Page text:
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Residents Object to Proposed Plan of Development

By Bettina Thiel – Woodbridge Town News Correspondent

The Town Plan and Zoning Commission got an earful at the January 28 hearing for the town’s proposed updated Plan of Conservation and Development (POCD). Some 70 residents braved the remnants of the recent blizzard, and came to the Center gym, many of them to voice their opposition to the proposed plan, which is available to read at http://woodbridgeplan.com/. Criticism zoomed in on passages that suggest for the town to “Pursue development proposals for age-restricted lifestyle housing on Country Club of Woodbridge property, which may include higher density housing”.

Phil Michalowski, a representative of Milone and MacBroom, the consulting firm that guided the Zoning Board through the process, opened with a few remarks on how the plan was drawn up, namely with the input of residents through an online survey (200 responses) and several workshops. State statute requires municipalities to update their Plan of Development every ten years. “It’s a policy document,” Michalowski said. “It’s inspirational in its intent.” The plan should spell out what the town hopes to accomplish over the next decade, he said.

He said he had received a number of written communications in advance of the hearing, and reminded the audience that the future of the Country Club is a separate issue, even if it is a part of the plan. “If the document suggests certain zoning changes, it doesn’t mean it becomes regulatory,” Michalowski added.

Even so, many of those who spoke that night reiterated their opposition to any development on the Country Club property, and their concern that higher density may lead to higher density in other parts of town. “It’s the camel’s nose inside the tent,” said Chuck Pyne.

Several people who served on the previous zoning board – at the time under a Republican administration – said when they worked on the POCD in 2004, they ended up firing their consultant and wrote the document themselves. “We produced a plan that was well-liked and that wasn’t controversial,” said Michael Broderick.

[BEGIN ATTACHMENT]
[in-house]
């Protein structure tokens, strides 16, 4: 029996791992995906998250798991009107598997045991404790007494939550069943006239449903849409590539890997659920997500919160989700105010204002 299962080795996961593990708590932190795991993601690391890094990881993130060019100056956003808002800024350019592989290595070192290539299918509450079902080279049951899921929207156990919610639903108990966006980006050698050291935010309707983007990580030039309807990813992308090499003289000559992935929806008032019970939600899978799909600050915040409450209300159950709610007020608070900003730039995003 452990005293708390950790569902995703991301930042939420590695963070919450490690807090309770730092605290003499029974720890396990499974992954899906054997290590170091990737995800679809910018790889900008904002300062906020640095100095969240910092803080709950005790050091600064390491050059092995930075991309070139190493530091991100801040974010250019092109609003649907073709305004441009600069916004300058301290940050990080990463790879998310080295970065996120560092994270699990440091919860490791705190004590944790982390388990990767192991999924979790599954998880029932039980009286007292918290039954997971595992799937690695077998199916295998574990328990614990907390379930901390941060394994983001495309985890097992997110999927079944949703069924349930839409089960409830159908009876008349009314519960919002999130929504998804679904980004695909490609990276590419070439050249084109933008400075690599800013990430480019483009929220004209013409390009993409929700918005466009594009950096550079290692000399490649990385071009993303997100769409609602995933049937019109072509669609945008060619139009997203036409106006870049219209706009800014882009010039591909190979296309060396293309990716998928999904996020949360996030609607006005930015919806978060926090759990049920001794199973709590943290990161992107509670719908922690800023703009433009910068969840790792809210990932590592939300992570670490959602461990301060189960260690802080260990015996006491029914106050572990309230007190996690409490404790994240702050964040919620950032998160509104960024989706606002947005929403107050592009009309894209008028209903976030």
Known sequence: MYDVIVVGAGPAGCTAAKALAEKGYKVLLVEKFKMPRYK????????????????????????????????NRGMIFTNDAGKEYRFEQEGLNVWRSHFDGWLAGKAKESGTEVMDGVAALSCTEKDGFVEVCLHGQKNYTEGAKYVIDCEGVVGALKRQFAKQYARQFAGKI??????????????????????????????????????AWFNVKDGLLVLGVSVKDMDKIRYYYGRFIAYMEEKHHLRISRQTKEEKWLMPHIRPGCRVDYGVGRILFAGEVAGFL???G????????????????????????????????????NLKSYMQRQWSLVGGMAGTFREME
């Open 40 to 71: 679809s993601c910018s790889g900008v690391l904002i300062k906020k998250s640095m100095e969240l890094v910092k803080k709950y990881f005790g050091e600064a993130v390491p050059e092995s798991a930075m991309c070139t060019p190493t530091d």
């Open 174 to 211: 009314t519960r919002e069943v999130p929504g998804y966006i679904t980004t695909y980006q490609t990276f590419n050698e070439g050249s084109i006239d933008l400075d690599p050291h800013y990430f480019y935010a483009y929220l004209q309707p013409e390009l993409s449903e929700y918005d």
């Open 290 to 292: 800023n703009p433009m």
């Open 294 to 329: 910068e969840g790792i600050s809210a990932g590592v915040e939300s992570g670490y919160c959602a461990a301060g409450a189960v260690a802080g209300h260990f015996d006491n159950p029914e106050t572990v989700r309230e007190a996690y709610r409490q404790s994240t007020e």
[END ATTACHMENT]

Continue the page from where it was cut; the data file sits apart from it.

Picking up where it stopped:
As for the Village District, the plan encourages to build on the findings of the Development Concept Plan published two years ago by the Yale Architects in conjunction with the Economic Development Commission. The Concept Plan’s primary recommendations for the Village District include:

  • Enhancing walkability, landscaping and building facades;
  • Establishing design standards;
  • Encouraging mixed use of housing;
  • Improving distinctive signage, area maps, and an online presence; and
  • Lobbying for major improvements to Interchange 59 and the surrounding street grid.

In addition, the proposed Plan of Development encourages the town to engage in active marketing of Woodbridge as a business location; to create a variety of work and living options and explore shared working spaces.

Anthony Stango, a resident in the district, spoke out against the proposal to allow for more multi-family housing. “See the traffic, see the craziness, he said, emphatically. “See if you’d like to live there.”

Amey Marrella, former First Selectman, spoke out about the chapter on open space preservation. She said the plan’s recommendation to adopt a “formal plan for acquisition AND sale of open space” may open the door for a policy that permits the sale of open space, rather than increase it. She pointed out the Fitzgerald Tract, the site of a popular walking trail and Community Gardens in the center of town, as publicly owned, but not protected by an easement. “Gentlemen,” she addressed the Zoning Board, “Please start over”.